Upbeat music plays throughout.
Narrator: One of the most common ways people save for retirement is by contributing to a 401(k), a retirement savings account offered by many employers.
So, what is a 401(k), and how does it work? We'll look at three main concepts: contributions, investments, and account management.
But first, let's start with the absolute basics: the name. It's called a 401(k) because of the section of the IRS code that sets out the rules for this type of account, section 401, subsection k.
Basically, the government allows companies to offer retirement savings accounts with certain tax advantages in an effort to encourage people to save for retirement. Tax advantages are one of the main benefits of contributing to a 401(k).
When you sign up for a 401(k), you'll set an amount or percentage to be automatically taken out of each paycheck to fund the account. With a traditional 401(k), the amount you contribute is deducted from your taxable income.
Let's say you earn $100,000 per year and contribute $10,000 to your 401(k). That means your total taxable income for the year would be $90,000, reducing the amount you have to pay taxes on that year.
In addition, the money you contribute to a 401(k) and then invest can grow tax-deferred, meaning you don't pay taxes on it until you withdraw it in retirement. In the meantime, the money in the account can compound without being taxed.
Some employers also offer a Roth 401(k), which allows you to contribute after-tax dollars. Instead of decreasing your tax burden now, this allows you to take the money out tax-free during retirement.
Only you can determine which 401(k) is right for you. It depends on several factors, like how much you expect to earn later in life and whether you want tax benefits now or later. Some people choose to contribute to both. Talk to a tax professional for more information.
401(k) tax benefits have some limits. The money you put in a 401(k) should be treated as basically untouchable until you turn 59 and a half. Typically, if you withdraw money before then, you'll face an early withdrawal penalty and income tax unless you qualify for one of the few exceptions, like paying for substantial medical expenses or disability. Overall, it's best to avoid jeopardizing your retirement savings with early withdrawals.
The IRS limits how much you can contribute to a 401(k) each year. These limits rise with inflation and can depend on your age, so it's best to check with the IRS or a tax professional.
Another major benefit of participating in a 401(k) is that some companies offer a match. That's extra money the company contributes to your account just for participating, and it doesn't count toward your individual limit.
So, say, your employer matches 50% of all your contributions up to 6% of your annual salary. This means if you make $50,000 and you contribute 6%—that's $3,000—your employer would contribute $1,500 on top of that. If your employer offers a match, be sure to contribute enough to get the maximum amount. Don't leave free money on the table.
Keep in mind, some companies have what's called a vesting period. That's the period of time you have to work there before the money the company contributes becomes fully yours. Check with your employer to learn more about your company's policy.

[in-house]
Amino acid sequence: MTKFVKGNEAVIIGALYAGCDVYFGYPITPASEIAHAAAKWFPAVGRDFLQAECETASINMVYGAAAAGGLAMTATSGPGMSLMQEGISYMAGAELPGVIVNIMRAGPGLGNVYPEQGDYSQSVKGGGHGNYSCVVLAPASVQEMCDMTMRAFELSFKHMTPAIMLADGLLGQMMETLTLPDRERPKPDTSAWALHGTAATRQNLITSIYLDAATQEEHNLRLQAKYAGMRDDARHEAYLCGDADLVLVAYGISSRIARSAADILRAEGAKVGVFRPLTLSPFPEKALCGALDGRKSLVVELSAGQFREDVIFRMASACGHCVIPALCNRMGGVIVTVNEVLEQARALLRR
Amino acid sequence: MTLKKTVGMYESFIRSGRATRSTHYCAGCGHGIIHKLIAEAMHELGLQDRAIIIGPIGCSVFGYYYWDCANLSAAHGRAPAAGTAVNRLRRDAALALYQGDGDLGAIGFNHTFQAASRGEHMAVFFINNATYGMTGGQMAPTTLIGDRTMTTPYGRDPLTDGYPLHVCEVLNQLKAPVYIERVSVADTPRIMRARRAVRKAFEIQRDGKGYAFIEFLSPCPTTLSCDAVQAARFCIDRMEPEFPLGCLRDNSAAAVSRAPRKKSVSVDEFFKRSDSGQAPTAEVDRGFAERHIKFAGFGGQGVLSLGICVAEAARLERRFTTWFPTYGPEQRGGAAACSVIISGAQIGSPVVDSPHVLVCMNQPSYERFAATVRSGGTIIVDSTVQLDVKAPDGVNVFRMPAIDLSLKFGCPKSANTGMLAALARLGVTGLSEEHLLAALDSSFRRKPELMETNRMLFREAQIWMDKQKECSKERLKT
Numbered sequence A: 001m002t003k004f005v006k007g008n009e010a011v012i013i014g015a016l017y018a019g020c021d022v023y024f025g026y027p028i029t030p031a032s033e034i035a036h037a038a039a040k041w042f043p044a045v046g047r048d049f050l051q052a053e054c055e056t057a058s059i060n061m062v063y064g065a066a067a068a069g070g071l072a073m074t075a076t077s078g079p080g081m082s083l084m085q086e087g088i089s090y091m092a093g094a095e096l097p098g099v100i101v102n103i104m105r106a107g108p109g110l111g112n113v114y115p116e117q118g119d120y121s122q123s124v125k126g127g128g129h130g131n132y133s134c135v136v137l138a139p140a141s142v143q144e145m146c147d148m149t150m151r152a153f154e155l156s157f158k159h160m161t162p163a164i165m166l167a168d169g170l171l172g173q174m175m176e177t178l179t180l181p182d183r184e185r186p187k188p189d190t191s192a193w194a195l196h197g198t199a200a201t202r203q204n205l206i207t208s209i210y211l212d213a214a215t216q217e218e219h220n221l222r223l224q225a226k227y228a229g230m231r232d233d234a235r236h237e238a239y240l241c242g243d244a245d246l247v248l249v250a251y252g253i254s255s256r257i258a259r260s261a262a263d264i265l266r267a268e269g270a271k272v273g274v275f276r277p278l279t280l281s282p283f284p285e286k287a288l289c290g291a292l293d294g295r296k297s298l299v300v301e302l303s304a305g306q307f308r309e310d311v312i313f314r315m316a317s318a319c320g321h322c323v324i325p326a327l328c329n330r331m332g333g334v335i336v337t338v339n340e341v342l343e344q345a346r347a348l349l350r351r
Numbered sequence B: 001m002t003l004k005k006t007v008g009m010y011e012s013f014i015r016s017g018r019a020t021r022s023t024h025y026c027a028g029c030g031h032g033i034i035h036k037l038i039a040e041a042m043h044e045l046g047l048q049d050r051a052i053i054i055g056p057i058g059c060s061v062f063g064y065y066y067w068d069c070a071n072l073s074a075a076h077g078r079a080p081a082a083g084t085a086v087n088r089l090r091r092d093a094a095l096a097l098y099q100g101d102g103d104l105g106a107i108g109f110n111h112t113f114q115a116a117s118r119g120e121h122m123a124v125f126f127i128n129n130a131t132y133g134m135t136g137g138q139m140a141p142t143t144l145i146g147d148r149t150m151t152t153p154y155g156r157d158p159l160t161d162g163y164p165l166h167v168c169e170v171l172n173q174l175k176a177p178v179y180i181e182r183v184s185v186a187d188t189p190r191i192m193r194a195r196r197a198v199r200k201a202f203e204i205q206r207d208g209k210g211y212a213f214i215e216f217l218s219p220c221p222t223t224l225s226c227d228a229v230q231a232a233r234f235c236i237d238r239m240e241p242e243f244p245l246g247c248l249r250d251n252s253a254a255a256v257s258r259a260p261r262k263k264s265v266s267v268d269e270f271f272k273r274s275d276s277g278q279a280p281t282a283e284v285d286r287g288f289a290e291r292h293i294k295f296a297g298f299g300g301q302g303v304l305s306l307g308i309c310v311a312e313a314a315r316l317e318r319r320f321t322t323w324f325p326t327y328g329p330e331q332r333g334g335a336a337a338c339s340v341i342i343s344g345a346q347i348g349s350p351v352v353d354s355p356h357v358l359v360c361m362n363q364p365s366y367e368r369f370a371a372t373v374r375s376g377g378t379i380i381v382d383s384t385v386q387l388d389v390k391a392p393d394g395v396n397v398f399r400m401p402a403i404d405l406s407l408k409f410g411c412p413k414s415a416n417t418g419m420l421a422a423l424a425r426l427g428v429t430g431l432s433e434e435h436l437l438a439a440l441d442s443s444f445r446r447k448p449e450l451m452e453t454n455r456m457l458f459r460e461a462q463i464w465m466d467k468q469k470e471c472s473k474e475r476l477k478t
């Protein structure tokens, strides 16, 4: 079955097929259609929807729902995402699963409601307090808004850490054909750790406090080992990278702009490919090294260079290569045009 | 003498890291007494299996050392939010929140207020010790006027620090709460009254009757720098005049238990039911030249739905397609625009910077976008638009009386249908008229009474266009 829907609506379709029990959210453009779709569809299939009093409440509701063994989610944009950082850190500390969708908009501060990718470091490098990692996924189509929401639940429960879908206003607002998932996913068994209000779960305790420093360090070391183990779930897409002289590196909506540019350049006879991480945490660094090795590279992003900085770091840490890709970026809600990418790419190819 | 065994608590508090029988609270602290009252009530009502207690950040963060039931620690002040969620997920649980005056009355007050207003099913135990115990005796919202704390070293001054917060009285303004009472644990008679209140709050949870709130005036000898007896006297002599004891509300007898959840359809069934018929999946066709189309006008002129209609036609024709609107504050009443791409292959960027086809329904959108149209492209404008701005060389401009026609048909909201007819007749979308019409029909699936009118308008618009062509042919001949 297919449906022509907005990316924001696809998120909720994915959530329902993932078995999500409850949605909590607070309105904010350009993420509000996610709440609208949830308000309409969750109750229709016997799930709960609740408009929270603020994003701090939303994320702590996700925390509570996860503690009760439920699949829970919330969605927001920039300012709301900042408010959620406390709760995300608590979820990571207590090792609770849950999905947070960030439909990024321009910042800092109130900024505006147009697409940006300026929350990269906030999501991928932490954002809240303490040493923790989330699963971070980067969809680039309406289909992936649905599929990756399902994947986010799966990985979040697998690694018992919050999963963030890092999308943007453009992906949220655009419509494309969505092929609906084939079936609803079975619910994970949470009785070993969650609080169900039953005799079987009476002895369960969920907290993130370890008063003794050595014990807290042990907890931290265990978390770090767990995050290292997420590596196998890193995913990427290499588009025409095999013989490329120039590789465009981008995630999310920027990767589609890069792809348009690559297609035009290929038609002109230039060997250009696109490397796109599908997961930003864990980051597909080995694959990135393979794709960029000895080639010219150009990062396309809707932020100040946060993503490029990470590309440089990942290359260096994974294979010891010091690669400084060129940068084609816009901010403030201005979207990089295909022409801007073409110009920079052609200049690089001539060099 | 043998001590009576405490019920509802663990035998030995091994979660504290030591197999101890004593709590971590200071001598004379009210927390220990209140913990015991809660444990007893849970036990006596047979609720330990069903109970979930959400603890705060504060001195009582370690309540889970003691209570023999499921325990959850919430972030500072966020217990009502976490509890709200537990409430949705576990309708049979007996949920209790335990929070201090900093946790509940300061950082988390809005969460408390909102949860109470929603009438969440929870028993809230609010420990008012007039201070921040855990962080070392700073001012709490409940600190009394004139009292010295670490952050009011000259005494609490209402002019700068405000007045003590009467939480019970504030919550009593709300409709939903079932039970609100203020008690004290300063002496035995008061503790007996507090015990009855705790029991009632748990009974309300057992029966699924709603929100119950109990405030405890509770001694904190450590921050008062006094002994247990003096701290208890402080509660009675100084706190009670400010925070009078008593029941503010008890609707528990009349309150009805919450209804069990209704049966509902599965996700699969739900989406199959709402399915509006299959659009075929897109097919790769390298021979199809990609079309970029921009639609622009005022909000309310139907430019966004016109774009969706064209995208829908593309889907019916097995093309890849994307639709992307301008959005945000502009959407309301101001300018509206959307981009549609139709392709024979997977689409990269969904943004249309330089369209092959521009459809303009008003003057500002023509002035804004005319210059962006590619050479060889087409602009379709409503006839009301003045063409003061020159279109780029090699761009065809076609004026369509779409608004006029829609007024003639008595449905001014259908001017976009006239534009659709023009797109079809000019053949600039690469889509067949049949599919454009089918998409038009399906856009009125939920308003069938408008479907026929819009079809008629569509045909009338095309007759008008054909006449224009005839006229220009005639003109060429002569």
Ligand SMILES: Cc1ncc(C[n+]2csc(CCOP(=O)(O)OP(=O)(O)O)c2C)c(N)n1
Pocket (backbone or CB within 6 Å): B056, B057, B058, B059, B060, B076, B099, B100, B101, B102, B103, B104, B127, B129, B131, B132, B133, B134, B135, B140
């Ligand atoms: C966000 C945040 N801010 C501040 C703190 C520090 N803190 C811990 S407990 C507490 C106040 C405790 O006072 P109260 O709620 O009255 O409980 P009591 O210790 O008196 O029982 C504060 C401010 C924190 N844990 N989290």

Now that you understand contributions, let's talk about choosing investments. 401(k)s typically offer a limited number of investments, like mutual funds or exchange-traded funds.
If you find the number of investment choices too limited, see if your employer offers a self-directed 401(k). These plans may provide additional investment choices. Either way, you'll have to weigh the risks and fees associated with each investment. It's generally best to not take the money out until you reach retirement age, so focusing on long-term investing rather than quick profits might be a prudent choice.
When managing your account, be on the lookout for the drawback of 401(k)s: fees.
On-screen text: Investment fee, administrative fee, and industrial service fee.
Narrator: Some 401(k) providers charge additional administrative fees on top of the cost of individual investments. These fees are not always obvious, so check with your plan administrator or use an online 401(k) fee analyzer. If you're unhappy with the fees you're paying, you can consider other retirement accounts like Individual Retirement Accounts, or IRAs.
Even if your 401(k) offers limited investment choices or charges high fees, you should still contribute enough to get the maximum match from your employer. The match typically outweighs these drawbacks.
Over time, you'll likely work for several companies, which could mean you might have many 401(k)s.
On-screen text: Disclosure: Before rolling over a 401(k) to an IRA, be sure to consider your other choices, including keeping it in the former employer's plan, rolling it into a 401(k) at a new employer, or cashing out the account value, keeping in mind that taking a lump-sum distribution can have adverse tax consequences. Whatever you decide to do, be sure to consult with your tax advisor.
Narrator: So, what do you do with those old accounts? You can often combine them into your current 401(k) or an IRA through a process called a "rollover". This allows you to move funds directly from one retirement account to another without incurring tax penalties. Keeping your retirement savings in fewer accounts may make them simpler to manage.
Animation: Six folders of different retirement accounts.
On-screen text: Traditional IRA, HSA, SEP IRA, 401(k), 403(b), Roth IRA, and taxable account.
Narrator: The 401(k) is one kind of retirement account, but the tax benefits and potential employer match make it a powerful way to invest for the future. Contributing to a 401(k) is one of the simplest ways to "pay yourself first".
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